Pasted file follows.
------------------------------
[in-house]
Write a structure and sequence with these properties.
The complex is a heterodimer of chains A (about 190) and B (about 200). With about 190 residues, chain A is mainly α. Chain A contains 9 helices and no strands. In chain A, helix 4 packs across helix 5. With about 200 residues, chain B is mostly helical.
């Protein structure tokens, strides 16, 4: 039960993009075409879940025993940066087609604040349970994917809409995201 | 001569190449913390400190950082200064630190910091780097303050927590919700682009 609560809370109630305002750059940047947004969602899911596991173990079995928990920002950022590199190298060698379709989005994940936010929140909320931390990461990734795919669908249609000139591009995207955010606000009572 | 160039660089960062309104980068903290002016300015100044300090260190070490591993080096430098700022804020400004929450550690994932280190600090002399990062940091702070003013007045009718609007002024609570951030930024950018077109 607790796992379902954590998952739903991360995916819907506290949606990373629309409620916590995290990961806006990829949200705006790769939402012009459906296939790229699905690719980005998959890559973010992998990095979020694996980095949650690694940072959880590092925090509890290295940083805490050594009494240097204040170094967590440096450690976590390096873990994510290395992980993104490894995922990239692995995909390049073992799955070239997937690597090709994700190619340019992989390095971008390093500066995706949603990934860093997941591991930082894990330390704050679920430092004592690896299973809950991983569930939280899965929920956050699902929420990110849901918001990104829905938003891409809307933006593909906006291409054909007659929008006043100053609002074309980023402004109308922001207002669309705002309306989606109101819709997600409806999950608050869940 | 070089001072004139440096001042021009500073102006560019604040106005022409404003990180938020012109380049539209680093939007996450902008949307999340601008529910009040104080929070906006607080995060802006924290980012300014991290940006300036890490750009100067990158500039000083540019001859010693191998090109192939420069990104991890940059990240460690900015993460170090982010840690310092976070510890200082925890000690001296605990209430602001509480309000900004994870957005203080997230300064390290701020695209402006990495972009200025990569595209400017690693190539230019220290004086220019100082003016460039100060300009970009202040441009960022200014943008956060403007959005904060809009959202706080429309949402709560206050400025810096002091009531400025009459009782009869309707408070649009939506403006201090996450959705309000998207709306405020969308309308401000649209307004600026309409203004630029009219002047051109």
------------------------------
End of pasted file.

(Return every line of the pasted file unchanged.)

[in-house]
Write a structure and sequence with these properties.
The complex is a heterodimer of chains A (about 190) and B (about 200). With about 190 residues, chain A is mainly α. Chain A contains 9 helices and no strands. In chain A, helix 4 packs across helix 5. With about 200 residues, chain B is mostly helical.
């Protein structure tokens, strides 16, 4: 039960993009075409879940025993940066087609604040349970994917809409995201 | 001569190449913390400190950082200064630190910091780097303050927590919700682009 609560809370109630305002750059940047947004969602899911596991173990079995928990920002950022590199190298060698379709989005994940936010929140909320931390990461990734795919669908249609000139591009995207955010606000009572 | 160039660089960062309104980068903290002016300015100044300090260190070490591993080096430098700022804020400004929450550690994932280190600090002399990062940091702070003013007045009718609007002024609570951030930024950018077109 607790796992379902954590998952739903991360995916819907506290949606990373629309409620916590995290990961806006990829949200705006790769939402012009459906296939790229699905690719980005998959890559973010992998990095979020694996980095949650690694940072959880590092925090509890290295940083805490050594009494240097204040170094967590440096450690976590390096873990994510290395992980993104490894995922990239692995995909390049073992799955070239997937690597090709994700190619340019992989390095971008390093500066995706949603990934860093997941591991930082894990330390704050679920430092004592690896299973809950991983569930939280899965929920956050699902929420990110849901918001990104829905938003891409809307933006593909906006291409054909007659929008006043100053609002074309980023402004109308922001207002669309705002309306989606109101819709997600409806999950608050869940 | 070089001072004139440096001042021009500073102006560019604040106005022409404003990180938020012109380049539209680093939007996450902008949307999340601008529910009040104080929070906006607080995060802006924290980012300014991290940006300036890490750009100067990158500039000083540019001859010693191998090109192939420069990104991890940059990240460690900015993460170090982010840690310092976070510890200082925890000690001296605990209430602001509480309000900004994870957005203080997230300064390290701020695209402006990495972009200025990569595209400017690693190539230019220290004086220019100082003016460039100060300009970009202040441009960022200014943008956060403007959005904060809009959202706080429309949402709560206050400025810096002091009531400025009459009782009869309707408070649009939506403006201090996450959705309000998207709306405020969308309308401000649209307004600026309409203004630029009219002047051109």